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Current Directions in Biomedical Engineering

Joint Journal of the German Society for Biomedical Engineering in VDE and the Austrian and Swiss Societies for Biomedical Engineering

Editor-in-Chief: Dössel, Olaf

Editorial Board: Augat, Peter / Buzug, Thorsten M. / Haueisen, Jens / Jockenhoevel, Stefan / Knaup-Gregori, Petra / Kraft, Marc / Lenarz, Thomas / Leonhardt, Steffen / Malberg, Hagen / Penzel, Thomas / Plank, Gernot / Radermacher, Klaus M. / Schkommodau, Erik / Stieglitz, Thomas / Urban, Gerald A.

CiteScore 2018: 0.47

Source Normalized Impact per Paper (SNIP) 2018: 0.377

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Image based reconstruction for cystoscopy

Matthias Brischwein / Thomas Wittenberg / Tobias Bergen
Published Online: 2015-09-12 | DOI: https://doi.org/10.1515/cdbme-2015-0113


This paper summarizes our initial efforts to reconstruct the urinary bladder from endoscopic images acquired in the clinical routine. We found that up to now, only very few attempts have been reported which achieve a true 3D reconstruction of the human bladder. One promising approach which yields a geometric reconstruction up to scale from a monocular stream of images is highlighted and our initial results obtained from adapting the method for its use in clinical cystoscopy are presented.

Keywords: Cystoscopy; Image Based Reconstruction; Multiple View Geometry; Structure-from-Motion

1 Introduction

Despite the steady progress achieved in improving image quality, navigating and working with cystoscopes remains difficult. Not only do they challenge hand-eye-coordination, but size constraints strongly limit the field of view. Having visual access to what is in the proximity of the observed bladder tissue hence is of clear benefit. With digital cystoscopes at hand, technologies are developed to stitch digital images from endoscopic video to expand the effective field of view [2, 4, 15, 22]. For this, geometric surface reconstruction is an essential task [6, 9]. Traditional computer vision mostly focuses on man made environments and algorithms successfully applied in this domain often build implicitly or explicitly on the assumption of distinctive rigid geometric structures and/or textures. In medical endoscopy, the scene is mostly wet, glossy and of seemingly undefined shape. The physician needs to interact with the tissue and blood or other particles may enter the scene to complicate the reconstruction task.

2 Image based reconstruction

Image based reconstruction of the geometry of a scene is the inverse problem of finding the 3D-to-2D mapping of X3 to corresponding points X2 in an image I with X unknown at the same time, i.e.


with K ∈ ℝ2 × ℝ3 the camera calibration, R ∈ ℝ3 × ℝ3 the rotation and t=RC the translation of the camera coordinate system C3 in world coordinates. The factor is due to the ambiguity in scale and arbitrary for unitless reconstructions. When treated in homogeneous coordinates, Equation1 becomes


with P ∈ ℝ3 × ℝ4 [9]. Euclidean transformations in 3D are linked to their image by a linear model with a total of 15 degrees of freedom (DoF) in projective space [9]. To find a reconstruction of P and X˜ which matches our Euclidean perception of the world up to scale, at least eight out of these 15 DoF need to be fixed with prior knowledge from the scene, camera setup, or both. One can distinct between dense 3D reconstruction and feature based 3D reconstruction. For dense methods we refer to [18].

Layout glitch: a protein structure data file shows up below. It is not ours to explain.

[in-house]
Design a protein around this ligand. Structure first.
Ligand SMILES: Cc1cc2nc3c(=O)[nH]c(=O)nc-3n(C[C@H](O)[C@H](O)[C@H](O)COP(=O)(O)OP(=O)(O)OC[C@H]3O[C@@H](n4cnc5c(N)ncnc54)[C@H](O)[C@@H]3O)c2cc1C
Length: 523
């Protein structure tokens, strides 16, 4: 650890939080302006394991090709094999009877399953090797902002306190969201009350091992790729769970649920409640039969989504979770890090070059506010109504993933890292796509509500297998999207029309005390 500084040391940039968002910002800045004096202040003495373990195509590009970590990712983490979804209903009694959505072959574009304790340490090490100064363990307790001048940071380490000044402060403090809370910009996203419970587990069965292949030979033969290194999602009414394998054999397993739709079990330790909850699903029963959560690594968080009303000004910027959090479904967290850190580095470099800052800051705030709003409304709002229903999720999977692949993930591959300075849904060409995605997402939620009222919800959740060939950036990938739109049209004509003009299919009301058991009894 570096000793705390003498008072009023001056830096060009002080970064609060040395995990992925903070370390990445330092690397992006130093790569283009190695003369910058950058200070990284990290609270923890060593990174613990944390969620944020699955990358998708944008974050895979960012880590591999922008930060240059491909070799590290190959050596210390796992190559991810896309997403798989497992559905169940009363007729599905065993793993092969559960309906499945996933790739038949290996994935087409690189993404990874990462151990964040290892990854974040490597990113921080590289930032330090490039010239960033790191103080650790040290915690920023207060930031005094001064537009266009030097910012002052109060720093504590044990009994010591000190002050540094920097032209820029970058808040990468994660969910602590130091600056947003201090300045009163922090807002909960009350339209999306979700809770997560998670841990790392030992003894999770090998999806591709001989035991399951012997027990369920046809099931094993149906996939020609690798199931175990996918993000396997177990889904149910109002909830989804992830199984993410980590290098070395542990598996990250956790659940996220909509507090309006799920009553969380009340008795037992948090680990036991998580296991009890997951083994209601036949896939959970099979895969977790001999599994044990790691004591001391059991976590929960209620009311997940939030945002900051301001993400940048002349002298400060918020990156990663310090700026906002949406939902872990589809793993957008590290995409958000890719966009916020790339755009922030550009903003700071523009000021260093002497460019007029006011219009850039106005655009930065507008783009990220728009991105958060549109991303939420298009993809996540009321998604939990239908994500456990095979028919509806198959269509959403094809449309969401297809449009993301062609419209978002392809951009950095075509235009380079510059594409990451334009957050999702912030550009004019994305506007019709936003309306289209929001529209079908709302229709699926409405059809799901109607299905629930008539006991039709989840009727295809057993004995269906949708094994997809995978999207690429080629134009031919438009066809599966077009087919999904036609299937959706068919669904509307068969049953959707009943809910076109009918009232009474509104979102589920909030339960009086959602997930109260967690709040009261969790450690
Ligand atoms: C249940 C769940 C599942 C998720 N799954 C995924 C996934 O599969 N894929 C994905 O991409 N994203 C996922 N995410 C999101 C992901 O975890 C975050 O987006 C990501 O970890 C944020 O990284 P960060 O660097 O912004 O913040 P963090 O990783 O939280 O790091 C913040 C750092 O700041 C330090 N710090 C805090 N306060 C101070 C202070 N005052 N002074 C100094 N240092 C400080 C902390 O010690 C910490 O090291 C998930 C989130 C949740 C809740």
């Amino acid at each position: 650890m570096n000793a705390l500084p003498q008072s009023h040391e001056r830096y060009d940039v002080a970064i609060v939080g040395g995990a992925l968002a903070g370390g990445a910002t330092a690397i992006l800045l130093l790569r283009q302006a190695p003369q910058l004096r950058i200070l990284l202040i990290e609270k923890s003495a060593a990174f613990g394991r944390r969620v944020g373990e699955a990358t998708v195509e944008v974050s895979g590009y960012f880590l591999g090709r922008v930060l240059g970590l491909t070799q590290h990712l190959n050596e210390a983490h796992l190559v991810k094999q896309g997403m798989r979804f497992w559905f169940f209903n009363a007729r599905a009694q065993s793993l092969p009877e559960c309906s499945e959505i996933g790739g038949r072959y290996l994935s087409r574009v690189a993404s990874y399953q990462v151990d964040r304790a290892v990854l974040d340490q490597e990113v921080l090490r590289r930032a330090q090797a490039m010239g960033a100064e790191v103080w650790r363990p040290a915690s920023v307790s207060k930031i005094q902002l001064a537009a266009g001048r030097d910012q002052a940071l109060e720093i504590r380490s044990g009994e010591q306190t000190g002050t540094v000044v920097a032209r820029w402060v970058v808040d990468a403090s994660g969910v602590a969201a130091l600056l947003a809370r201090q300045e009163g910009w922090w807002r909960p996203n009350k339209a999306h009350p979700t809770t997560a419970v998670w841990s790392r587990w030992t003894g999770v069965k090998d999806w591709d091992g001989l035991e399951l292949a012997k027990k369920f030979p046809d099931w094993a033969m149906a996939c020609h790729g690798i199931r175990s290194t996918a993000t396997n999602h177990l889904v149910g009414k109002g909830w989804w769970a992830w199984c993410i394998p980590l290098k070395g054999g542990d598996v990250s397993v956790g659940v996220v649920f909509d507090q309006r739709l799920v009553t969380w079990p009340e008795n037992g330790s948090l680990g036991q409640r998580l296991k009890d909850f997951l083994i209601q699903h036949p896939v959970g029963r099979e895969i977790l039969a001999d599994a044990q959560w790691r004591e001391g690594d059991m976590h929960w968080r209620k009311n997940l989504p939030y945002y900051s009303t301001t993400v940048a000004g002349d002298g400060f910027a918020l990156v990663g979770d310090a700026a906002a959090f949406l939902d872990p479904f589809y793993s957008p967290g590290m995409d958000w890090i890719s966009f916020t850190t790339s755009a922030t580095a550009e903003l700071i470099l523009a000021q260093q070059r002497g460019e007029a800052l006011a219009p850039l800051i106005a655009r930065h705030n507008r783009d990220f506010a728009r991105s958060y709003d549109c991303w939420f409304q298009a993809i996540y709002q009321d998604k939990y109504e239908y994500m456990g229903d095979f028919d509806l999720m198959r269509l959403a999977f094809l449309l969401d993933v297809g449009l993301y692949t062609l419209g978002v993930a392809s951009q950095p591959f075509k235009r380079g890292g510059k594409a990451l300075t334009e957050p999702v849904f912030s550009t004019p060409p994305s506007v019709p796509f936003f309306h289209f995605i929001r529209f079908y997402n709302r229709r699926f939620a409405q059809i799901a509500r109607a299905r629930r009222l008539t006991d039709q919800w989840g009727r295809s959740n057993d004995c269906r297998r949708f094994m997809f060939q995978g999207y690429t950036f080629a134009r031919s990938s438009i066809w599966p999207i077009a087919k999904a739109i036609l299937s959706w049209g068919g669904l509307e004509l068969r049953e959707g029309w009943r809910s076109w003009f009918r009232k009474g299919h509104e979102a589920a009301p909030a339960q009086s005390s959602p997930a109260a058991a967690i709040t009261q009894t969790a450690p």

Sparse multiple view reconstruction is achieved in a series of steps covering pre-processing, 2D feature detection and pairwise matching, 2D image registration, consistent tracking of features over multiple frames, the iterative optimization of camera locations and scene geometry, and a post-processing step to interpolate the continuous surface between sparsly reconstructed 3D points and to texture map and blend image pixels to that surface [10, 19]. For a comparison of popular feature detectors we refer to [13].

Although feature matching is a combinatorial search problem, efficient approximate solutions exist, based on hierarchical decomposition of feature space [16]. Images I andI′ are registered to each other by computing the planar homography χ˜=Hχ˜,H3×3 between feature correspondences (χ˜,χ˜) for which RANSAC [8] is often the robust method of choice. For 3D reconstruction bundle adjustment (BA) is the preferred method [21]. Latter is a modified Levenberg-Marquardt (LM) global minimization in the parameters of P^i and X^j over all views {P0, … Pi, … PN} and 3D points {X˜0,X˜j,,X˜}, optimizing the projection error X˜ijP^iX˜^j22 [21]. In contrast to LM, BA exploits the sparse structure of the problem to significantly reduce computational costs [21].

2.1 Related work

Aside from cystoscopy, research actively investigates the problem of image based reconstruction in other environments subject to endoscopic inspection, such as abdomen, esophagus, colon or the respiratory system. For a comprehensive up to date review, we refer to Bergen et al. [6] and Maier-Hein et al. [12]. For cystoscopic environments though, little is found in literature on true geometric reconstruction of the urinary bladder from monocular image streams. Solutions for planar stitching i.e. the mapping of the scene onto a planar 2D surface, have been presented by several authors [2, 4, 5, 7, 22]. Although the planar projection model provides good oversight over the captured scene, it also produces significant distortion when the scene is indeed spherical. Consequently, estimating size and thus severity of certain lesions is problematic.